-- Terry R. Bossert, vice president, Government & Regulatory Affairs, Chief Oil & Gas, Harrisburg, and former Chief Counsel at DEP.
-- Jeff Wheeland, Lycoming County Commissioner, Williamsport.
-- Vincent J. Matteo, president Williamsport-Lycoming Chamber of Commerce, Williamsport.
-- Terry Engelder, professor of geosciences, Penn State University, Department of Geosciences, University Park.
-- Matthew J. Ehrhart, executive director of the Chesapeake Bay Foundation’s Pennsylvania office, Harrisburg.
-- Ronald L. Ramsey, senior policy advisor, the Nature Conservancy, Pennsylvania Chapter, Harrisburg.
-- David Porges, chief executive officer, EQT, Pittsburgh.
-- Christopher J. Masciantonio, general manager, State Government Affairs, U.S. Steel, Pittsburgh.
-- Cynthia Carrow, vice president of Government & Community Relations, Western Pennsylvania Conservancy, Pittsburgh.
-- David Sanko, executive director of the PA State Association of Township Supervisors, Enola.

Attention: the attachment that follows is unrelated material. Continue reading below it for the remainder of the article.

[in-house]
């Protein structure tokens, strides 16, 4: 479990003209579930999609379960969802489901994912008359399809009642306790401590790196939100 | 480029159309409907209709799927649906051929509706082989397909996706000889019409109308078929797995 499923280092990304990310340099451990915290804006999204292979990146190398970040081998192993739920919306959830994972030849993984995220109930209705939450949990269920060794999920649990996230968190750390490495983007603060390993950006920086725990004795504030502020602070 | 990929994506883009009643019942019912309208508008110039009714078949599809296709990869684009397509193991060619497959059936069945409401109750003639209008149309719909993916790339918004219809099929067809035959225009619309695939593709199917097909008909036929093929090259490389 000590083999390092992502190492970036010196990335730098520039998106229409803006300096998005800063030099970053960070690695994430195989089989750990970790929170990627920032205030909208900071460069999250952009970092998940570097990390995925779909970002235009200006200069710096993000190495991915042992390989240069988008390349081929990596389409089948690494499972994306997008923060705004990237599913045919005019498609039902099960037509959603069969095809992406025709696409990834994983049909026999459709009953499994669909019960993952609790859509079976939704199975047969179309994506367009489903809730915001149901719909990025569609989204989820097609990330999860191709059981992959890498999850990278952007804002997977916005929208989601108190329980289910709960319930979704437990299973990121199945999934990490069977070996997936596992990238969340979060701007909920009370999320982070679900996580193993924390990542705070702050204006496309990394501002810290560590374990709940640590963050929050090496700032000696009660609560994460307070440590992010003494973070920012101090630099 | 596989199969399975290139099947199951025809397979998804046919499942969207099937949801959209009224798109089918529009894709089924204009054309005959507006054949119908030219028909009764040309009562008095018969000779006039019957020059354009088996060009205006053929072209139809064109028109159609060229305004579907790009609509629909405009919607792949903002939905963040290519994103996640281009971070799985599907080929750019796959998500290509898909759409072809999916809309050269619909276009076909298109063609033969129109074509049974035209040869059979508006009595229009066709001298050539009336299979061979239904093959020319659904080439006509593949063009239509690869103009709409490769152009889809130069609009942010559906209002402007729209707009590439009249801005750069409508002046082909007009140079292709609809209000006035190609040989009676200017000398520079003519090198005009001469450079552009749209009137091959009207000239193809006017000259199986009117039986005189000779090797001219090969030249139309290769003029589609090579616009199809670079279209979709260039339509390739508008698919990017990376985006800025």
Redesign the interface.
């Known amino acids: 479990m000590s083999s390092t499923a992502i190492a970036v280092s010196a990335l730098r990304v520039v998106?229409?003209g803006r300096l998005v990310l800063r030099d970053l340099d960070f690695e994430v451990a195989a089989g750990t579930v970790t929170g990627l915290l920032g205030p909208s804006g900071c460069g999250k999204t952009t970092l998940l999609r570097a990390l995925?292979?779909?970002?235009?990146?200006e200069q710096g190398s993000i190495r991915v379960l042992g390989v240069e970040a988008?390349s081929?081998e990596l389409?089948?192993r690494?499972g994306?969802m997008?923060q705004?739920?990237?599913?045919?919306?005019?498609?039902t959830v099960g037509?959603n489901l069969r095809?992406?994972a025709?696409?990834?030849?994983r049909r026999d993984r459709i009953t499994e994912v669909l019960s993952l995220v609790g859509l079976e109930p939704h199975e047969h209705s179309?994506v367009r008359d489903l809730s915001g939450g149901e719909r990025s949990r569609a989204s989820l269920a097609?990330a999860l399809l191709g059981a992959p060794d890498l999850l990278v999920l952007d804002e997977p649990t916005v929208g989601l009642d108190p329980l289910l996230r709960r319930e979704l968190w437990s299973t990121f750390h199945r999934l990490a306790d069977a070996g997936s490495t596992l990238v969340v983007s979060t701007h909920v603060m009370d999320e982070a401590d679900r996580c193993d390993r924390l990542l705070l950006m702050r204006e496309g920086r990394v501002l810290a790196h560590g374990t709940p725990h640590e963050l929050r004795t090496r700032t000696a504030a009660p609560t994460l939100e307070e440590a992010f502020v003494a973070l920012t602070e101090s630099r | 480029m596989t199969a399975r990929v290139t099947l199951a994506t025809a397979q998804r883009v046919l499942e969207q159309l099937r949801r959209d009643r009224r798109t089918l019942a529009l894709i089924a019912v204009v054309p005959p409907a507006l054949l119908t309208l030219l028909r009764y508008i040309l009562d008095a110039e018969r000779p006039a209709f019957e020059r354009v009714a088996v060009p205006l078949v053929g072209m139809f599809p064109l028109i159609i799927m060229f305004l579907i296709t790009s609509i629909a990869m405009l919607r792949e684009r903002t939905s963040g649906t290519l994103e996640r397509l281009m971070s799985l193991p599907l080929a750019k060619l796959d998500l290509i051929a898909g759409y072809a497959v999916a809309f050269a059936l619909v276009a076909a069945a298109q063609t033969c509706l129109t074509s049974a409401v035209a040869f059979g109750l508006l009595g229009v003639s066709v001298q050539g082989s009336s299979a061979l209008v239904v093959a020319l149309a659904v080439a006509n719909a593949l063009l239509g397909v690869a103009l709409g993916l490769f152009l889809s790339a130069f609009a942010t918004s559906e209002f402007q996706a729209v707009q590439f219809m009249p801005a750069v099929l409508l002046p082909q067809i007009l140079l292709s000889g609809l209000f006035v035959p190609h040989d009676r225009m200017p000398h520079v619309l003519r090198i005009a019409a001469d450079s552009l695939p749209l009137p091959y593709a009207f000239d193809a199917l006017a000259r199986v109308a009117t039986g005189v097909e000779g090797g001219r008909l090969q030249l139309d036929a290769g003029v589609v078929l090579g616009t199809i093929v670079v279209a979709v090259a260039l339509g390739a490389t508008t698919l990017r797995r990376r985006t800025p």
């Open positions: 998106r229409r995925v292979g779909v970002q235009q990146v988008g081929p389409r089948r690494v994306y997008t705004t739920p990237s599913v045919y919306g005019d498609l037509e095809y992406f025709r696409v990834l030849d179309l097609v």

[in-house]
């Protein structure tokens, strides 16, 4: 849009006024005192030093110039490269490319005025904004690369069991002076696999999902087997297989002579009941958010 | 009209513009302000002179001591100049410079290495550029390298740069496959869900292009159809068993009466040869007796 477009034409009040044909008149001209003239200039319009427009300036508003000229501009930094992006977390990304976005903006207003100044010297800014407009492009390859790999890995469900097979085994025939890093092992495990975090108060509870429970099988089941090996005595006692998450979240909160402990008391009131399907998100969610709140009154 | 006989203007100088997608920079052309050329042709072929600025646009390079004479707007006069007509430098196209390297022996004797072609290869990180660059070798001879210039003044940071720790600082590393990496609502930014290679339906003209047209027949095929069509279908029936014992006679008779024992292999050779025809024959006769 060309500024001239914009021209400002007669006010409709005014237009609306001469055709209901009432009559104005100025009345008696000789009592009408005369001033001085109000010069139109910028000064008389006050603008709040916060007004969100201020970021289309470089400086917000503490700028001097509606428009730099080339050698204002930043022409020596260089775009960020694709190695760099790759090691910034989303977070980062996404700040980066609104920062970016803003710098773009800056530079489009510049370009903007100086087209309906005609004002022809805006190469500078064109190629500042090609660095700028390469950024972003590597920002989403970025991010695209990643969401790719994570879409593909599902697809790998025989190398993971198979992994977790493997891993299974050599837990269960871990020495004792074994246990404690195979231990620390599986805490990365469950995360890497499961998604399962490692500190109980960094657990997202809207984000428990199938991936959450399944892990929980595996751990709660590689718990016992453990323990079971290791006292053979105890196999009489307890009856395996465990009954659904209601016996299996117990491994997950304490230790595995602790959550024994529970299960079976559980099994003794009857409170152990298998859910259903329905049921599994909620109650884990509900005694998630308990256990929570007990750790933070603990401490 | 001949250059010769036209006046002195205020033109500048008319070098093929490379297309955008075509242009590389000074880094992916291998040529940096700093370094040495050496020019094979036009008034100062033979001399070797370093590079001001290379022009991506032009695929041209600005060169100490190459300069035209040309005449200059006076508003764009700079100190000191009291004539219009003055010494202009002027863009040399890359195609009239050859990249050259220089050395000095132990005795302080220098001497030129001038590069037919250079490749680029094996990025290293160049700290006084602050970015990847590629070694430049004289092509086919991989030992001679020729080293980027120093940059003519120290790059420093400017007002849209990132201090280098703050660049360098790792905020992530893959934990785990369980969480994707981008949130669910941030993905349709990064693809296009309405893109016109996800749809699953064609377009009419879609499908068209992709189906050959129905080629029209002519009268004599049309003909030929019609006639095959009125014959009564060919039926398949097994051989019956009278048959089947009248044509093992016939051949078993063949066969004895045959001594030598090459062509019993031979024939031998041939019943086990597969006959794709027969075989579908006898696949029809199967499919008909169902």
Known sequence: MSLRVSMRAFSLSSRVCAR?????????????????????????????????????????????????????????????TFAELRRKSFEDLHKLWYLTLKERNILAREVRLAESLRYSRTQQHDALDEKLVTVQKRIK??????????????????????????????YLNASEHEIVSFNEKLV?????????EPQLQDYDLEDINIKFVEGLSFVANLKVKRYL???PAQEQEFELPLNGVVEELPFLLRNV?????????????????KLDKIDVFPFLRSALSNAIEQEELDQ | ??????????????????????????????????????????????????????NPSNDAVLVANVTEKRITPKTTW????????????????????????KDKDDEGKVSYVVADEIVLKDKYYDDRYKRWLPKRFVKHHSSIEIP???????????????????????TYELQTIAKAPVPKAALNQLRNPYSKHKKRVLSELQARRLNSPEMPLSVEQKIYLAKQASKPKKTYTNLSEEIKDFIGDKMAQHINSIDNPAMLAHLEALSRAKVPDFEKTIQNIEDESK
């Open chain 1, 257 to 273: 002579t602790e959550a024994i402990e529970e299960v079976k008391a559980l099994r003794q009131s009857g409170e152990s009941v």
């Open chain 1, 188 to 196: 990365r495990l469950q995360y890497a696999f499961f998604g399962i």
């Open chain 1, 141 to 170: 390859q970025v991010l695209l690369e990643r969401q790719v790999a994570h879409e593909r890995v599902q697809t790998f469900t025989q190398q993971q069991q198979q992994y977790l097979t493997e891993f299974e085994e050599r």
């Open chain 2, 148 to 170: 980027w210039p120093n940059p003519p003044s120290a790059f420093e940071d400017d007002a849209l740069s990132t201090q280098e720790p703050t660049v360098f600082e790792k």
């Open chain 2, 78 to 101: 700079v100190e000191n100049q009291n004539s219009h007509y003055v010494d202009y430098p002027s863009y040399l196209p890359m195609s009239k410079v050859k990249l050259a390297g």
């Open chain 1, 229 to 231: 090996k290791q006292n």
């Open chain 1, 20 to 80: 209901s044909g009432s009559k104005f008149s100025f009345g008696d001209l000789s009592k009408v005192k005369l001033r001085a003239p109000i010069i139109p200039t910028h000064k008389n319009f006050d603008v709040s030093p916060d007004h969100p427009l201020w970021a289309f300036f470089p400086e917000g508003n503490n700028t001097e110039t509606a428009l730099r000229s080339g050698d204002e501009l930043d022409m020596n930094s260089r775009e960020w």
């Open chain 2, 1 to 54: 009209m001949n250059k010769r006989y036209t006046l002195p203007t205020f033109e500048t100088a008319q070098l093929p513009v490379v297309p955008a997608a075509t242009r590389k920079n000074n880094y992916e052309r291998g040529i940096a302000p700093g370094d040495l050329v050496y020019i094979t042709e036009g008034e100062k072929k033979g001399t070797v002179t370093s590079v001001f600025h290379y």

-- Dave Spigelmyer, vice president, Government Relations, Chesapeake Energy, Canonsburg.
-- Randy Smith, U.S. Government Affairs Manager, Exxon Mobil, Fairfax, Va.
-- Ray Walker, chairman Marcellus Shale Coalition, Canonsburg.
-- Chris Helms, NiSource Gas Transmission and Storage, Houston, Texas.
-- Terry Pegula, Delray Beach, Fla. (founder of East Resources).
-- Jeff Kupfer, Chevron, Washington, D.C.
-- Gary Slagel, chairman, PA Independent Oil & Gas Association, Wexford.
-- Anthony S. Bartolomeo, chairman, Pennsylvania Environmental Council, Philadelphia.
-- Nicholas S. Haden, vice president, Reserved Environmental Services, Mt. Pleasant.